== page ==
Listen to the brightest minds in the field of economics and development discuss their latest research and deconstruct global economic trends. IMF Podcasts are also available on digital platforms such as iTunes, SoundCloud and Libsyn, and free to use for broadcasters, educators and institutions. 

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Drones Proving a Lifeline in Rwanda

December 15, 2017

Zipline drone on a launch pad at operations center in Muhanda, Rwanda. (photo:JAMES AKENA/REUTERS/Newscom

There are many layers to development. Sometimes there’s a need where the solution is not at all obvious. But other times it’s simply about connecting the dots- when the solution is available but out of reach due to the lack of infrastructure like roads, power lines or telephone wires. Technology is helping connect those dots more than ever before, and the phenomenon has come to be known as leapfrogging. In this podcast, we hear from the people behind Zipline, a start-up that uses drones to make emergency blood deliveries to remote clinics in Rwanda.

Keller Rinaudo, Founder and CEO of Zipline, and Matthew Steckman, Chief Revenue Officer.

Diane Coyle on the Shortcomings of GDP

December 8, 2017

Economist Diane Coyle speaking at the IMF Statistical forum on Measuring the Digital Economy . (IMF photo)

Gross domestic product, or GDP, is the one statistic that almost everyone knows is used to measure economic growth. But in this podcast, economist Diane Coyle suggests GDP may be a poor measure of prosperity. With all the technological advances in recent years one would expect that economies have become more productive. But when measured in GDP the numbers show the opposite is true. Coyle refers to this phenomenon as the productivity puzzle, and says the mismeasurement of digital activities within the economy has a lot to do with it. Coyle is Professor of Economics at the University of Manchester, and spoke at the IMF Statistical forum on Measuring the Digital Economy.

Diane Coyle, Professor of Economics at the University of Manchester, and author of GDP: A Brief but Affectionate History

Nicholas Stern on Reducing Carbon Emissions: Let’s Get On With It

December 1, 2017

Nicholas Stern at Per Jacobsson Foundation seminar on climate change during IMF World-Bank Annual Meetings (IMF photo).

2 years after 195 countries came together under the Paris Agreement to combat the effects of climate change, leading climate economist Nicholas Stern remains cautiously optimistic. In his landmark report on the impact of climate change published in 2006, Stern warned that the cost of inaction would be far greater for future generations than the costs of actions taken to reduce carbon emissions. In this podcast, Stern says while the world “passed the test” when signing the Paris Agreement, he worries that policy makers will not act quickly enough. Stern joined a panel discussion on the economic and financial issues related to climate change at the IMF World-Bank Annual meetings.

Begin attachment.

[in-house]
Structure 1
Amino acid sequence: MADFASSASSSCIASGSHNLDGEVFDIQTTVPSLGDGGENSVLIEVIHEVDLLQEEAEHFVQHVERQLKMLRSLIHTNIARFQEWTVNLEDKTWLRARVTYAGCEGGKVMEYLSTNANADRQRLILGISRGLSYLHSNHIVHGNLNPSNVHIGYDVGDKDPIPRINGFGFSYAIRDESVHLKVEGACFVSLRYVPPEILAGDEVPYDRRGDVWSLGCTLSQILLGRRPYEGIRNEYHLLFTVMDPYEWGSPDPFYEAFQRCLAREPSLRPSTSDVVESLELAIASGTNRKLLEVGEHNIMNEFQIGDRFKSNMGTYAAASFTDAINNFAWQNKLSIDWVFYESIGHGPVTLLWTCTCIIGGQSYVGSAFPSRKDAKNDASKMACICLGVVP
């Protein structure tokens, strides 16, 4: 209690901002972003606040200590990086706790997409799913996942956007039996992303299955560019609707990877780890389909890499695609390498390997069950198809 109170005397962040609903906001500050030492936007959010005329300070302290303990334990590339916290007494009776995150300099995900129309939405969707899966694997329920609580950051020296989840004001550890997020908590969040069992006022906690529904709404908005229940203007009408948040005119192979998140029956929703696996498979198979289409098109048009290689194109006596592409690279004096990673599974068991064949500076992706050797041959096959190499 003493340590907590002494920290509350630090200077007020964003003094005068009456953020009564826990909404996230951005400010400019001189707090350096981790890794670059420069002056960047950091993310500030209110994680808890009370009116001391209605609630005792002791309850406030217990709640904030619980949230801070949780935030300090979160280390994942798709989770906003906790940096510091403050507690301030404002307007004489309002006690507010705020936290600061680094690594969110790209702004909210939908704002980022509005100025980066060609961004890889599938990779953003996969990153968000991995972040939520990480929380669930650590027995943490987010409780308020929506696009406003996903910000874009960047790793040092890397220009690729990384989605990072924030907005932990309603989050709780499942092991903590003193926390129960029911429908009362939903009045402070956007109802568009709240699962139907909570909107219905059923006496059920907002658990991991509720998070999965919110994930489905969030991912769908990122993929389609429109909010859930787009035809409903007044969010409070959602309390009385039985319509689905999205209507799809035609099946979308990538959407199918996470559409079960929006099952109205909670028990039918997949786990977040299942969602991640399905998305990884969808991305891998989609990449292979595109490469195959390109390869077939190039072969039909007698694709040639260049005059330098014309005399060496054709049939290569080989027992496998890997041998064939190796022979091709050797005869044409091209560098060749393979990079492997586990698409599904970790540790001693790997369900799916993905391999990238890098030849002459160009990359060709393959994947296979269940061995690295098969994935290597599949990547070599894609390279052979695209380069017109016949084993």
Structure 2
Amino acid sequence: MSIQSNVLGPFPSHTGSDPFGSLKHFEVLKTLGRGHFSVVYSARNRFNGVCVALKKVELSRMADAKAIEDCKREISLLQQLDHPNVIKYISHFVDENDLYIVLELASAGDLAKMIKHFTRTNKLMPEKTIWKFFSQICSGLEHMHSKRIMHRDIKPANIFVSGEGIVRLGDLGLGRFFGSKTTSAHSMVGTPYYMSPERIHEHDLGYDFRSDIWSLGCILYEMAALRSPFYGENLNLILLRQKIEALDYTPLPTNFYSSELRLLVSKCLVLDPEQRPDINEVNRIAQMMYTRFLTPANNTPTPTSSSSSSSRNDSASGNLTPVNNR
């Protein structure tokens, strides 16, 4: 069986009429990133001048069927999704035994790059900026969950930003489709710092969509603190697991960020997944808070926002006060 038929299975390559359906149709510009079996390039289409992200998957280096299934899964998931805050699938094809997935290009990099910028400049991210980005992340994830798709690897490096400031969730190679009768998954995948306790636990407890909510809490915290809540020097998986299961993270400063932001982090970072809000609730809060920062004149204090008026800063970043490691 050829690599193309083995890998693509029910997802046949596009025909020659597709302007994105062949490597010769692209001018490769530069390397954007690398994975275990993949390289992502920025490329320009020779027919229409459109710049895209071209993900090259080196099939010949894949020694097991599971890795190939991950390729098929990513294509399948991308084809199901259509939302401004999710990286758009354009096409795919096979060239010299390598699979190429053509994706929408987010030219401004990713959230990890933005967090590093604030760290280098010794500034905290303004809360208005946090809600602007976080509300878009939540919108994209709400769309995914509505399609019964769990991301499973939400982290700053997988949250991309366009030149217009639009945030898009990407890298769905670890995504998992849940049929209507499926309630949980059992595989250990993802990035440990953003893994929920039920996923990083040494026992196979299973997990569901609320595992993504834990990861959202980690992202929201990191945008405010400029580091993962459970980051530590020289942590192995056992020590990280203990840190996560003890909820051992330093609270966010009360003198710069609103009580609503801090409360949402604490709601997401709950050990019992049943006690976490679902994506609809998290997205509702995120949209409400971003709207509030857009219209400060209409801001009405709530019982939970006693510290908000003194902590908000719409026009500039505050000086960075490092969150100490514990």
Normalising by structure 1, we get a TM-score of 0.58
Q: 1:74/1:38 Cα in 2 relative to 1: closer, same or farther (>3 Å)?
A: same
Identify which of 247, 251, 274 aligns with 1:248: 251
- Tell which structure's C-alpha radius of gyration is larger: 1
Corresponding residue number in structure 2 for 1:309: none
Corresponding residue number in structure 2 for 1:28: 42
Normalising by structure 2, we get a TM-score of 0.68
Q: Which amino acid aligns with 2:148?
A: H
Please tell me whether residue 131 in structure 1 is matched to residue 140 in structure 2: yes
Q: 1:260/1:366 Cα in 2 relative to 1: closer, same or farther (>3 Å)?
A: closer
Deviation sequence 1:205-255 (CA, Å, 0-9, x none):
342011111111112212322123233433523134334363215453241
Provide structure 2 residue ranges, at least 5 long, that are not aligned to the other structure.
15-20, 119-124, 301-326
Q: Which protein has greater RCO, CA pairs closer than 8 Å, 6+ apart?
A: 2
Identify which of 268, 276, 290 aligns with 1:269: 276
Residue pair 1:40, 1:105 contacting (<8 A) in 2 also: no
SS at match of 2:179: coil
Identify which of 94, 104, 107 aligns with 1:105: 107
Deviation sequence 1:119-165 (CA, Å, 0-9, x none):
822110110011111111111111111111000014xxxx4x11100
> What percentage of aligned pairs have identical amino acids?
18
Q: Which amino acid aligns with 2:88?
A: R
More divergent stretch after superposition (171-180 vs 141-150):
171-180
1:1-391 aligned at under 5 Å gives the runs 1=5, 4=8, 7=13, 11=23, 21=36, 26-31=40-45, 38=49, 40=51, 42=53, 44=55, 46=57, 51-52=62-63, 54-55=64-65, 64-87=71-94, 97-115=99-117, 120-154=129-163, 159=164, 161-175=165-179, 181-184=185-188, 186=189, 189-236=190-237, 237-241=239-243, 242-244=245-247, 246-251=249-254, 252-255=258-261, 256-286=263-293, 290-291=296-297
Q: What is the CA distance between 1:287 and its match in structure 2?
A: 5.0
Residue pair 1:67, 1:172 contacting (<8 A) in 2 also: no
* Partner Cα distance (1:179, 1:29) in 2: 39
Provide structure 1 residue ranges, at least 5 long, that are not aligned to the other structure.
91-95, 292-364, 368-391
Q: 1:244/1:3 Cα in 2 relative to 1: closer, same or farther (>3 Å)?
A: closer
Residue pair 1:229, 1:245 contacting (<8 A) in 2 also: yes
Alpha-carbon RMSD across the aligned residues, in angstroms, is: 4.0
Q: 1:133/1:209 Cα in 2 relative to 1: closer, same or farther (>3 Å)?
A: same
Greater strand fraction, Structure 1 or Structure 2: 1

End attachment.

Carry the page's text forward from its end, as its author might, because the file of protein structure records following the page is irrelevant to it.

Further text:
Nicholas Stern, Professor of Economics and Government at the London School of Economics, and Chairman of its Grantham Research Institute on Climate Change and the Environment.

Blockchain’s Peter Smith: The Promise of Virtual Currency Systems

November 27, 2017

Peter Smith, CEO and co-founder of Blockchain, speaking at IMF Statistical Forum (IMF photo).

Blockchain technology is a shared, public ledger of transactions that everyone can inspect but not subject to any form of central control. And while it offers potential for a variety of applications, its most famous is providing the platform for virtual currencies like bitcoin. Peter Smith is co-founder and CEO of Blockchain, and in this podcast, he talks about the evolution of crypto currency financial systems and what it could mean for big data analytics. Smith was the keynote speaker at the IMF’s Fifth Statistical forum on Measuring the Digital Economy.

Peter Smith

, co-founder and CEO of Blockchain.

Freelancers Union’s Sara Horowitz on Changing Nature of Work

November 21, 2017

Sara Horowitz speaking at New Economy and the Future of Work seminar during IMF World-Bank Annual Meetings. (IMF photo)

For much of the past century the 9 to 5 job with benefits at a firm was what most people associated with financial stability. But as technology reshapes the labor market, more people are branching out on their own. A new report by Freelancers Union says freelancers will be the majority of the US workforce within 10 years if the current trend continues. In this podcast, Sara Horowitz, Executive Director of Freelancers Union, says freelancers are adapting to the changing nature of work.

Sara Horowitz, founder and Executive Director of Freelancers Union

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